Making sure your weekend gets off to a bright start with a collection of positive news nuggets.
Germany has adopted a national strategy to fight gender inequality for the first time in its history. The Strong for the Future plan aims to reduce the gender pay gap and get more women in leadership positions in business, the civil service and in politics. Although Germany has been led for over a decade by a female chancellor - Angela Merkel (pictured) - held in high global regard, it falls below the European average for gender equality.
UK to cut emissions by two thirds by 2030: Prime Minister Boris Johnson says the UK is "taking the lead with an ambitious new target to reduce our emissions".
Hats off to Denmark for pledging to phase out fossil fuel extraction by 2050. The first pledge of its kind from a significant - albeit not massive - oil producer, it brings supply-side climate policy in line with demanding emissions goals.
Good news for the UK government as Sainsbury’s, Aldi and Asda will hand back almost £900m in business rates relief after Tesco and Morrisons announced plans to repay almost £1bn of Covid tax breaks. Every little helps!
Campaign to buy JRR Tolkien's house in Oxford is backed by Lord of the Rings actors. Ian McKellen and Martin Freeman support £4.5m crowdfunding campaign to turn the Oxford home where Tolkien wrote his most famous books into a museum.
Many native crops across America's prairies that were once integral to the diets of Indigenous peoples vanished from the landscape when bison herds were hunted to the brink of extinction. Now, with bison herds reintroduced, the good news is that the crops are gradually recovering and biodiversity restored.
If you're a fan of mince pies and wondering what's the best offering in England this year, you can relax. The Telegraph has done the tasting research for you, declaring M&S Collection mince pies the winner (£2.50 for 6) with a score of 10/10, beating such luminaries as Heston Blumenthal.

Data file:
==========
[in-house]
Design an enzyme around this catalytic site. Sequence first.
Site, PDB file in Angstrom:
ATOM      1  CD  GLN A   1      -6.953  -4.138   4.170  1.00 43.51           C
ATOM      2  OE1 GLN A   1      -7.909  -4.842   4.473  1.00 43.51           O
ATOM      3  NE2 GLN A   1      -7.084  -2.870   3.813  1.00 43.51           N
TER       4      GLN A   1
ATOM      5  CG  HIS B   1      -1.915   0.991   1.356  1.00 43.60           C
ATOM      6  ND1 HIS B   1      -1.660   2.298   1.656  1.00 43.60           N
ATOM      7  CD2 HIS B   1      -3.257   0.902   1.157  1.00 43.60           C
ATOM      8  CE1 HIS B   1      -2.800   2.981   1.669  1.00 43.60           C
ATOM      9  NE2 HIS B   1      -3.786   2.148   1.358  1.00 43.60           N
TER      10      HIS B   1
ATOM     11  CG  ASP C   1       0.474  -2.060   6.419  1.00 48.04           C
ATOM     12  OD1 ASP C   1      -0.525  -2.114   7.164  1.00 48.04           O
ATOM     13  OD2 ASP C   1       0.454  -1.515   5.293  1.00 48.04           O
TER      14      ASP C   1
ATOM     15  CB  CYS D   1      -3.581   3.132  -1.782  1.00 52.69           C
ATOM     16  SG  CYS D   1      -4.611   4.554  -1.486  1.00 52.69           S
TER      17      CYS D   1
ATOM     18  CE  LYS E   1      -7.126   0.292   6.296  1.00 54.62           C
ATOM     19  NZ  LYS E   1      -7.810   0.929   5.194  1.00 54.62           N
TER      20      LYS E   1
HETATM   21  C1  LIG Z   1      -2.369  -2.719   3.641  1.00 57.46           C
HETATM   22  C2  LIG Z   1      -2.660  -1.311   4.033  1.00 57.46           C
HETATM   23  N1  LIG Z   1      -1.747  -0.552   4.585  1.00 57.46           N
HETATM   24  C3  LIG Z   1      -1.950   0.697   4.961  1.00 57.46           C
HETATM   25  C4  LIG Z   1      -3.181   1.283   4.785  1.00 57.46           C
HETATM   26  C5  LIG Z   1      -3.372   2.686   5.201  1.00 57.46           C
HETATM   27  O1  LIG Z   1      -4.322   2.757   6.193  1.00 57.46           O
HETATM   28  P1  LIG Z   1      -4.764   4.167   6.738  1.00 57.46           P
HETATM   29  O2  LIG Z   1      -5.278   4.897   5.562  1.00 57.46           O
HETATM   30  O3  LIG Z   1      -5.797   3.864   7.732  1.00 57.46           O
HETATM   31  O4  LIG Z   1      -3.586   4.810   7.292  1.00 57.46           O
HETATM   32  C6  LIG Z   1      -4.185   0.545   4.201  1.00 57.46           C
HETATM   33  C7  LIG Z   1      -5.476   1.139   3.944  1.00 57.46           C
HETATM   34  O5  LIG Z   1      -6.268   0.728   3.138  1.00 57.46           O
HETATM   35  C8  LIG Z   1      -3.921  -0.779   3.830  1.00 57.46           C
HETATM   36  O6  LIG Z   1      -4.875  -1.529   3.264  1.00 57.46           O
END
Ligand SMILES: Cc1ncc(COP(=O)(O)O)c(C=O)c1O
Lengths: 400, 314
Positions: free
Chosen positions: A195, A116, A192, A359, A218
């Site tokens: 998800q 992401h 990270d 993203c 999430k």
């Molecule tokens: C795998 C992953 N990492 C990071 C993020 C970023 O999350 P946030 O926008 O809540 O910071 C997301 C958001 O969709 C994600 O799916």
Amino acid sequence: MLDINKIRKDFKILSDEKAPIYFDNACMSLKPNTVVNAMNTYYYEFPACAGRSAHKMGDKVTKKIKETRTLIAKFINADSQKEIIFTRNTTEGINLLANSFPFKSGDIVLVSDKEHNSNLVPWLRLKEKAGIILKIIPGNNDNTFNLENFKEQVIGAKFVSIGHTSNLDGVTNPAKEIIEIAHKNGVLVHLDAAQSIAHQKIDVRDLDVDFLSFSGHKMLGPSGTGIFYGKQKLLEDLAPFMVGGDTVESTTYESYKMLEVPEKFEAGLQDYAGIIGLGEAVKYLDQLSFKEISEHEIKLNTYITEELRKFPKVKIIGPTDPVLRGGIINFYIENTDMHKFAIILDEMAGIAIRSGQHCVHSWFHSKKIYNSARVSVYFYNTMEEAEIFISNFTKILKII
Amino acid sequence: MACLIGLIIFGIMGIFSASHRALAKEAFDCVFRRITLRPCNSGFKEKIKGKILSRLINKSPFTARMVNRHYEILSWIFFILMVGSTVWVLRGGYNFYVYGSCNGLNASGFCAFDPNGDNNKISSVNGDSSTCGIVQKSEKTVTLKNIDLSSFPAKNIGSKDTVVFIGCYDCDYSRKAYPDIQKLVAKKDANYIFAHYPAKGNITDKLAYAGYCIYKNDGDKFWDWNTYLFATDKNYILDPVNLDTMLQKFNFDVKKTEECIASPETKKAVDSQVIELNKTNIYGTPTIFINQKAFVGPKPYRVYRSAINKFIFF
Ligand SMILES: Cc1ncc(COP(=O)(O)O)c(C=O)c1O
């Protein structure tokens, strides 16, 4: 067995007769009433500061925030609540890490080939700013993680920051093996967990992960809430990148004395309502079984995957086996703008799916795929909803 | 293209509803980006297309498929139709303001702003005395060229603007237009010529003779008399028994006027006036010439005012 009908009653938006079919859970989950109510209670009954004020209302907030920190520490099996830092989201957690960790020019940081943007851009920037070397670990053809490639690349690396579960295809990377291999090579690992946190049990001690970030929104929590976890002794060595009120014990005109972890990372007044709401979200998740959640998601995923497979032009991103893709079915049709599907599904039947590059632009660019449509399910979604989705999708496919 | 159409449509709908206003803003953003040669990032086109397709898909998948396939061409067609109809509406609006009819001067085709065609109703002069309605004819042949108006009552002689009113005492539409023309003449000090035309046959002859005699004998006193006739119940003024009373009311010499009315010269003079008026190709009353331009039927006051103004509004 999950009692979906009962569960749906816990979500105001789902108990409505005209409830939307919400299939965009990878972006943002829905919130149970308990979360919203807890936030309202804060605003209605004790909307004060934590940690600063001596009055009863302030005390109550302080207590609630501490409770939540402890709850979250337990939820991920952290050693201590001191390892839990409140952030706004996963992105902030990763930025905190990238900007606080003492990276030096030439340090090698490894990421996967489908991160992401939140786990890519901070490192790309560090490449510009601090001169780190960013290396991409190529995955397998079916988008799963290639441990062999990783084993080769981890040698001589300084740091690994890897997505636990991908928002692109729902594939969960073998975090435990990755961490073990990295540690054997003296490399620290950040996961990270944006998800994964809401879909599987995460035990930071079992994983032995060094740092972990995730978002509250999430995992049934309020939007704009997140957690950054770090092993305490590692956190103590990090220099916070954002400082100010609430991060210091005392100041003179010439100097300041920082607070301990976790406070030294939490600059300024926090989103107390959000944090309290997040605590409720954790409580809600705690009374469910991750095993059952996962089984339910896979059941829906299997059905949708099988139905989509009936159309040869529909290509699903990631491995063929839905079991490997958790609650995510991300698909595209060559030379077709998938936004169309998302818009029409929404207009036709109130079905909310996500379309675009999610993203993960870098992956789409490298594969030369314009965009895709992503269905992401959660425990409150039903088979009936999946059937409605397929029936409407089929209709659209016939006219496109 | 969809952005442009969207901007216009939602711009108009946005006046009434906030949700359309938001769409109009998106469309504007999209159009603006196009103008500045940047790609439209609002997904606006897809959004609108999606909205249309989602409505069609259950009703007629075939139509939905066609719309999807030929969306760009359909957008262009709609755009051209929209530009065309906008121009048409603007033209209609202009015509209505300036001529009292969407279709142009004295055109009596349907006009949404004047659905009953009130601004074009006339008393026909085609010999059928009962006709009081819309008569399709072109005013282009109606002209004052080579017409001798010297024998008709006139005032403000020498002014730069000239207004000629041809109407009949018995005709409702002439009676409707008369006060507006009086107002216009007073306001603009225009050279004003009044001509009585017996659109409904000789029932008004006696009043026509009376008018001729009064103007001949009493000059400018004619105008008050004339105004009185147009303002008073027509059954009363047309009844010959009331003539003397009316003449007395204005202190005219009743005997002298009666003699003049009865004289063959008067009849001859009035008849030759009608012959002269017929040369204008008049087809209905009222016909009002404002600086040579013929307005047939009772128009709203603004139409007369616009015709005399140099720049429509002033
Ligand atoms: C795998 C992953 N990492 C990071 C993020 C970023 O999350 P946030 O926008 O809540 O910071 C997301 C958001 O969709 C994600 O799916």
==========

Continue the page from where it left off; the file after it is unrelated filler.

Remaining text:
A Christmas Carol: The Old Vic has created a Christmas tradition of its own with Jack Thorne’s popular adaptation of the Dickens classic. This year its Andrew Lincoln playing Ebenezer Scrooge - with a fantastic supporting cast. Old Vic’s full-scale production, featuring live music, has employed 80 freelance creatives. Treat yourself to a ticket (from £10) from anywhere in the world and enjoy the play online from 12-24 December.
Hunted for their meat, pelts, and scent glands, beavers became extinct in the UK in the 16th century, but have been successfully reintroduced to a few sites in Britain in the past two decades. A beaver reintroduction project in Exmoor, south west England, has recently resulted in the first dam in the area in more than 400 years. It's all part of an ecosystem restoration programme led by the National Trust.
Enjoy these sensational pictures, part of the People's Choice Award of the Wildlife Photographer of the Year from the Natural History Museum - and vote for your favourite.
During his spare time, mostly at the weekend, Mahinda Dasanayaka packs his motorbike with books and rides his mobile library to underprivileged children in backward rural parts of Sri Lanka. It's a remarkable story of compassion and dedication.
Act of kindness: 16 year old Charlotte Howard of Hastings, on England's south coast, spotted a note on a bus stop that “broke her heart”. “Anything to earn a living and make life seem worth living,” the note read. Anthony Johnson, who had been living on the streets for the past nine years, placed the note at the bus stop next to his tent in hopes of finding a job. Charlotte posted his appeal on social media and it didn’t go unnoticed. Initially she set out to raise £300 to buy Anthony a caravan, but the community was much more generous. She quickly raised £1,000, someone donated a caravan, and a homeless charity is trying to find a permanent site for it. Nelson Smith, a local with a handyman business, offered Anthony a job. “I wasn’t expecting all this from a couple of shares,” Charlotte said.
London is soon to have a 1.1 acre rooftop forest of over 100 established trees and 10,000 plants! This is all part of Roots In The Sky, which is turning the former Blackfriars Crown Court into a new workspace. It will become the capital's first office building to deliver an urban forest rooftop, and will allow access to the local community and the public, with community gardens, a rooftop restaurant, bar and even a swimming pool. It sounds extremely impressive.
If you want to be entertained for 5 minutes, you might enjoy some remarkable displays of epic frisbee throwing....